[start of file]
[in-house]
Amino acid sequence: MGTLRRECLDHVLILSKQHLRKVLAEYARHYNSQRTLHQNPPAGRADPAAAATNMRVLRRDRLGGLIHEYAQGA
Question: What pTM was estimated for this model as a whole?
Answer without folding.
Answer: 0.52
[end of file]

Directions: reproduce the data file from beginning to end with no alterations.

[in-house]
Amino acid sequence: MGTLRRECLDHVLILSKQHLRKVLAEYARHYNSQRTLHQNPPAGRADPAAAATNMRVLRRDRLGGLIHEYAQGA
Question: What pTM was estimated for this model as a whole?
Answer without folding.
Answer: 0.52